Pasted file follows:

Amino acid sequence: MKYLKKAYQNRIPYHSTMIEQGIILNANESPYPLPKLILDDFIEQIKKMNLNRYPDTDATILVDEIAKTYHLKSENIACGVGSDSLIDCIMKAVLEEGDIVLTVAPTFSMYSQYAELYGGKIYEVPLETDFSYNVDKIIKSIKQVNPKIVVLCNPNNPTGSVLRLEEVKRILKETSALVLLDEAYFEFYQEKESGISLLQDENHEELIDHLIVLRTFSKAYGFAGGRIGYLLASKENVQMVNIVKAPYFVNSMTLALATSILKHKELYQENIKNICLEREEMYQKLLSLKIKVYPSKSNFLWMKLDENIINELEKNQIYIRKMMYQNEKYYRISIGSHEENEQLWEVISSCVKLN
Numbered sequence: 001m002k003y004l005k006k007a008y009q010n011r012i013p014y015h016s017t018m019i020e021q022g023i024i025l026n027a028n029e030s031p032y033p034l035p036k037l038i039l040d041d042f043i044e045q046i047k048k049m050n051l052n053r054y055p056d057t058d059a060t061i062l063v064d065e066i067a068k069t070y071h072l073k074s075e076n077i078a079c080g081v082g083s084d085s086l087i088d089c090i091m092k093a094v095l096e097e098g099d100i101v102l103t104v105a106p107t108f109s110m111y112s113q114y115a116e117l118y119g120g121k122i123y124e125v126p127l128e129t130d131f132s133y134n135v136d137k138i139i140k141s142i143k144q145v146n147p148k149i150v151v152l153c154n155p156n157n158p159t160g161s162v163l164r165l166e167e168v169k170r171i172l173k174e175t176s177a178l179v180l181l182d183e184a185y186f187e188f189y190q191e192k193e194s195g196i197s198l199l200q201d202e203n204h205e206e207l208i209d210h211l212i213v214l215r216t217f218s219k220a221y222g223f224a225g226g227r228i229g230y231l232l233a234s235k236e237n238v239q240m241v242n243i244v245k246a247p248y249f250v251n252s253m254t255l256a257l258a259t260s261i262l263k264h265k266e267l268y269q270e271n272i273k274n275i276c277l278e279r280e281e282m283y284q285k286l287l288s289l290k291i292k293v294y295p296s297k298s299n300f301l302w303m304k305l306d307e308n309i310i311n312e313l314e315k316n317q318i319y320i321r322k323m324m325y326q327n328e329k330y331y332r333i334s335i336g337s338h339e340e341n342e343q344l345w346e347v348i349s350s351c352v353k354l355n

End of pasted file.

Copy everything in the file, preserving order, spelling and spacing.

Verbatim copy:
Amino acid sequence: MKYLKKAYQNRIPYHSTMIEQGIILNANESPYPLPKLILDDFIEQIKKMNLNRYPDTDATILVDEIAKTYHLKSENIACGVGSDSLIDCIMKAVLEEGDIVLTVAPTFSMYSQYAELYGGKIYEVPLETDFSYNVDKIIKSIKQVNPKIVVLCNPNNPTGSVLRLEEVKRILKETSALVLLDEAYFEFYQEKESGISLLQDENHEELIDHLIVLRTFSKAYGFAGGRIGYLLASKENVQMVNIVKAPYFVNSMTLALATSILKHKELYQENIKNICLEREEMYQKLLSLKIKVYPSKSNFLWMKLDENIINELEKNQIYIRKMMYQNEKYYRISIGSHEENEQLWEVISSCVKLN
Numbered sequence: 001m002k003y004l005k006k007a008y009q010n011r012i013p014y015h016s017t018m019i020e021q022g023i024i025l026n027a028n029e030s031p032y033p034l035p036k037l038i039l040d041d042f043i044e045q046i047k048k049m050n051l052n053r054y055p056d057t058d059a060t061i062l063v064d065e066i067a068k069t070y071h072l073k074s075e076n077i078a079c080g081v082g083s084d085s086l087i088d089c090i091m092k093a094v095l096e097e098g099d100i101v102l103t104v105a106p107t108f109s110m111y112s113q114y115a116e117l118y119g120g121k122i123y124e125v126p127l128e129t130d131f132s133y134n135v136d137k138i139i140k141s142i143k144q145v146n147p148k149i150v151v152l153c154n155p156n157n158p159t160g161s162v163l164r165l166e167e168v169k170r171i172l173k174e175t176s177a178l179v180l181l182d183e184a185y186f187e188f189y190q191e192k193e194s195g196i197s198l199l200q201d202e203n204h205e206e207l208i209d210h211l212i213v214l215r216t217f218s219k220a221y222g223f224a225g226g227r228i229g230y231l232l233a234s235k236e237n238v239q240m241v242n243i244v245k246a247p248y249f250v251n252s253m254t255l256a257l258a259t260s261i262l263k264h265k266e267l268y269q270e271n272i273k274n275i276c277l278e279r280e281e282m283y284q285k286l287l288s289l290k291i292k293v294y295p296s297k298s299n300f301l302w303m304k305l306d307e308n309i310i311n312e313l314e315k316n317q318i319y320i321r322k323m324m325y326q327n328e329k330y331y332r333i334s335i336g337s338h339e340e341n342e343q344l345w346e347v348i349s350s351c352v353k354l355n